F - Ford Motor Company

NYSE - NYSE Delayed price. Currency in USD
9.08
+0.04 (+0.44%)
At close: 4:02PM EST

9.06 -0.02 (-0.22%)
After hours: 6:52PM EST

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Trade prices are not sourced from all markets
Previous close9.04
Open8.95
Bid9.06 x 41800
Ask9.08 x 47300
Day's range8.94 - 9.10
52-week range7.41 - 10.56
Volume23,787,862
Avg. volume34,877,946
Market cap36.001B
Beta (3Y monthly)1.07
PE ratio (TTM)22.70
EPS (TTM)0.40
Earnings date4 Feb 2020
Forward dividend & yield0.60 (6.64%)
Ex-dividend date2019-10-21
1y target est10.22
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    Poland Rebukes Netflix After ‘Terrible Mistake’ on Holocaust

    (Bloomberg) -- Poland’s prime minister wrote an official letter to Netflix Chief Executive Officer Reed Hastings requesting that the media streaming company correct facts about the Holocaust in its “The Devil Next Door” documentary series.The European Union member lurched into the international spotlight last year after its nationalist ruling Law & Justice party outlawed the phrase “Polish death camps.” It also criminalized suggesting that the nation was complicit in the mass murder of Jews and other people by the Nazis during their occupation of the country in World War II.A Netflix spokesperson said the company is “aware of the concerns” about the show and is “urgently looking into the matter” after Prime Minister Mateusz Morawiecki wrote to Hastings.Morawiecki called out Netflix for what he called “a terrible mistake” in the five-part series. The show focuses on John Demjanjuk, a retired Ford Motor Co. auto mechanic who was stripped of his U.S. citizenship and convicted by a German criminal court for aiding in the murder of Jews during the Holocaust.The series showed a map of death camps that said they were located in Poland, using the country’s current borders.The Polish government has repeatedly pushed for commentary on the death camps to label them as being operated by the Nazis in “German-occupied Poland,” because the eastern European nation had no government of its own on its home soil after the invasion of Adolf Hitler’s forces.“Not only is the map incorrect, but it deceives viewers into believing that Poland was responsible for establishing and maintaining these camps,” Morawiecki wrote, saying he believed it was an “unintentional” mistake. “Today, we still owe this truth to the victims of World War II.”Morawiecki enclosed a 1942 map in the letter, which was backed by a comment from the Auschwitz Memorial saying that “more accuracy” should have been expected from the production.(Updates with details of complaint in sixth paragraph.)To contact the reporter on this story: Maciej Martewicz in Warsaw at mmartewicz@bloomberg.netTo contact the editors responsible for this story: Wojciech Moskwa at wmoskwa@bloomberg.net, Michael WinfreyFor more articles like this, please visit us at bloomberg.com©2019 Bloomberg L.P.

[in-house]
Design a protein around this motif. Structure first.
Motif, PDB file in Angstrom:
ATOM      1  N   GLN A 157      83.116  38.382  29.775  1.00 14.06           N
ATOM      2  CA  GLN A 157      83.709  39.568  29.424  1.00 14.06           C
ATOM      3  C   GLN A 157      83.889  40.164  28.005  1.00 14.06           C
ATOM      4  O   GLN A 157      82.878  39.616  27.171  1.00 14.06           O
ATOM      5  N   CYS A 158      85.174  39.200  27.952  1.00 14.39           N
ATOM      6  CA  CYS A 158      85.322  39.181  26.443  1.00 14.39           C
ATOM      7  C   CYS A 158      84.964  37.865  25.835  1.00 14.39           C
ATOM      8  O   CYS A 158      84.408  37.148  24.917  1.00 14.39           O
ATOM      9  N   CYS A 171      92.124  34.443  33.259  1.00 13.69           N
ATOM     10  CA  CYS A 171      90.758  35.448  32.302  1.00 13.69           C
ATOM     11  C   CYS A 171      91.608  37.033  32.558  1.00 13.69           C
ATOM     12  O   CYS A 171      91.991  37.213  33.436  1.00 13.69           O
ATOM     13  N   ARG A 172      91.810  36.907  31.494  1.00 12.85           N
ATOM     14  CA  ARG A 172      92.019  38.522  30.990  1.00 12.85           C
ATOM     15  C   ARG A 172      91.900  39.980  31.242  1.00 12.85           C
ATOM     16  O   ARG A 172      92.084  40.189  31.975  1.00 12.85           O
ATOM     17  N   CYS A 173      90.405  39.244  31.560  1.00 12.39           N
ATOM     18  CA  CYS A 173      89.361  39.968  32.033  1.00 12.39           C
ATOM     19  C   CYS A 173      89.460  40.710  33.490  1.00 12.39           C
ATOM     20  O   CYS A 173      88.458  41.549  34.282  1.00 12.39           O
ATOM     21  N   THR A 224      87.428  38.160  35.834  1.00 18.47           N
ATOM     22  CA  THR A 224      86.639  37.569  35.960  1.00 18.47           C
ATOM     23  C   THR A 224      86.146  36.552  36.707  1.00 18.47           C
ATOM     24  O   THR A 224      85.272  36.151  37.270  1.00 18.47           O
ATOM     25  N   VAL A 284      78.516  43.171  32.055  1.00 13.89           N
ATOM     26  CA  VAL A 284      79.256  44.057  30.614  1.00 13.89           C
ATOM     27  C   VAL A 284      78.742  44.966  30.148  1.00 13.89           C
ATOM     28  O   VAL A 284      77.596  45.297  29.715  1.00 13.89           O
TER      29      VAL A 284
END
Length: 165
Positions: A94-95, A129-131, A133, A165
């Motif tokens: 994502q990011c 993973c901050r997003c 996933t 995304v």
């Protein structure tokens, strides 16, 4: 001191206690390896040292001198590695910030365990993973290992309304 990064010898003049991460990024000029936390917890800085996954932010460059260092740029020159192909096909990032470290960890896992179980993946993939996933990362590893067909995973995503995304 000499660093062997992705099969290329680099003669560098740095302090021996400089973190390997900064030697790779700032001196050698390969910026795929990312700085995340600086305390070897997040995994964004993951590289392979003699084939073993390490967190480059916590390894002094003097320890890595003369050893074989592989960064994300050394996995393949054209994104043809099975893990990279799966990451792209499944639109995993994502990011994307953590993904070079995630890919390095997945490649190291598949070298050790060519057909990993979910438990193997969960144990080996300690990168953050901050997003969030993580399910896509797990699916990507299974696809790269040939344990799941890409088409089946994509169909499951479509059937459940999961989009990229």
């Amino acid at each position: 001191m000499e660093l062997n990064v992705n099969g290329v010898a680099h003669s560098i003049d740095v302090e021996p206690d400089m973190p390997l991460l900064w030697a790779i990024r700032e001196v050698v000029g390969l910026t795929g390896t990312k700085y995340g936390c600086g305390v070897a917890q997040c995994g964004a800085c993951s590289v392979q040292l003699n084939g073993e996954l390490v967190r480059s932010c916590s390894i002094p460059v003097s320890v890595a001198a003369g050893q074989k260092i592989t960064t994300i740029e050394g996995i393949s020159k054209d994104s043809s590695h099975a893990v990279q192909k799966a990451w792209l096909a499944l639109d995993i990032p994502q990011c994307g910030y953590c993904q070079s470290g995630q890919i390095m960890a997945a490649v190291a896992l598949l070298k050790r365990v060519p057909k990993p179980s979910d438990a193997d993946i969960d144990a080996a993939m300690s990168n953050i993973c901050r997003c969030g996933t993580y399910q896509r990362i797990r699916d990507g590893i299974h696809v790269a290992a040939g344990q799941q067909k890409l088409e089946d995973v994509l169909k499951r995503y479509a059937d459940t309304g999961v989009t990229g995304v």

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    Row erupts over James Joyce’s house of ‘The Dead’

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  • GM Sells Shuttered Ohio Assembly Plant to Electric Vehicle Startup
    Bloomberg

    GM Sells Shuttered Ohio Assembly Plant to Electric Vehicle Startup